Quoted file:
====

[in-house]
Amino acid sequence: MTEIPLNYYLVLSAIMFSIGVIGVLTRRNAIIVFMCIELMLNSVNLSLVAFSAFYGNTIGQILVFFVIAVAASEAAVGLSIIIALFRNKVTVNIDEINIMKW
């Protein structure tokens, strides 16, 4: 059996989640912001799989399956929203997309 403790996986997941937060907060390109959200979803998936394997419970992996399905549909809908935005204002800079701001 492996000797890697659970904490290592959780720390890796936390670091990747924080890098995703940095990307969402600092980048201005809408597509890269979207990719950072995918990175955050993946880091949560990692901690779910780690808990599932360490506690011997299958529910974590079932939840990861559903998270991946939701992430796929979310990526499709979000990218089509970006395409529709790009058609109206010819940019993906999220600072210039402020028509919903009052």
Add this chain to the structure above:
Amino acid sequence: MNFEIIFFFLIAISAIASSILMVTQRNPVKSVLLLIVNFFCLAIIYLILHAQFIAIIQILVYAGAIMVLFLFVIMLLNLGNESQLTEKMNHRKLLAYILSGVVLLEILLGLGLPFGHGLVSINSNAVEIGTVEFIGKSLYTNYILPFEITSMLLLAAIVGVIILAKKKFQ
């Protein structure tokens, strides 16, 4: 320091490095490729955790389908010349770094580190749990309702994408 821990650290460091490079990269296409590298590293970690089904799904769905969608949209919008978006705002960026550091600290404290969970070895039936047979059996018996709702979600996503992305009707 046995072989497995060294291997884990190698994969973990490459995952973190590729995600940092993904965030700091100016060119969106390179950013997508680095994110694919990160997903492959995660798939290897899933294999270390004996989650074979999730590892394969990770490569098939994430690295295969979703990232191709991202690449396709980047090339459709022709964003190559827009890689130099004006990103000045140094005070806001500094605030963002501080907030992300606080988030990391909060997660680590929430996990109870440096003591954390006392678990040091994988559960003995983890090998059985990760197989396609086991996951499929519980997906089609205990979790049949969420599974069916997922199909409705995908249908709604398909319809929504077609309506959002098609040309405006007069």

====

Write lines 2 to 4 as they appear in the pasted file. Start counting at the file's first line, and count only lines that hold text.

Amino acid sequence: MTEIPLNYYLVLSAIMFSIGVIGVLTRRNAIIVFMCIELMLNSVNLSLVAFSAFYGNTIGQILVFFVIAVAASEAAVGLSIIIALFRNKVTVNIDEINIMKW
């Protein structure tokens, strides 16, 4: 059996989640912001799989399956929203997309 403790996986997941937060907060390109959200979803998936394997419970992996399905549909809908935005204002800079701001 492996000797890697659970904490290592959780720390890796936390670091990747924080890098995703940095990307969402600092980048201005809408597509890269979207990719950072995918990175955050993946880091949560990692901690779910780690808990599932360490506690011997299958529910974590079932939840990861559903998270991946939701992430796929979310990526499709979000990218089509970006395409529709790009058609109206010819940019993906999220600072210039402020028509919903009052």
Add this chain to the structure above: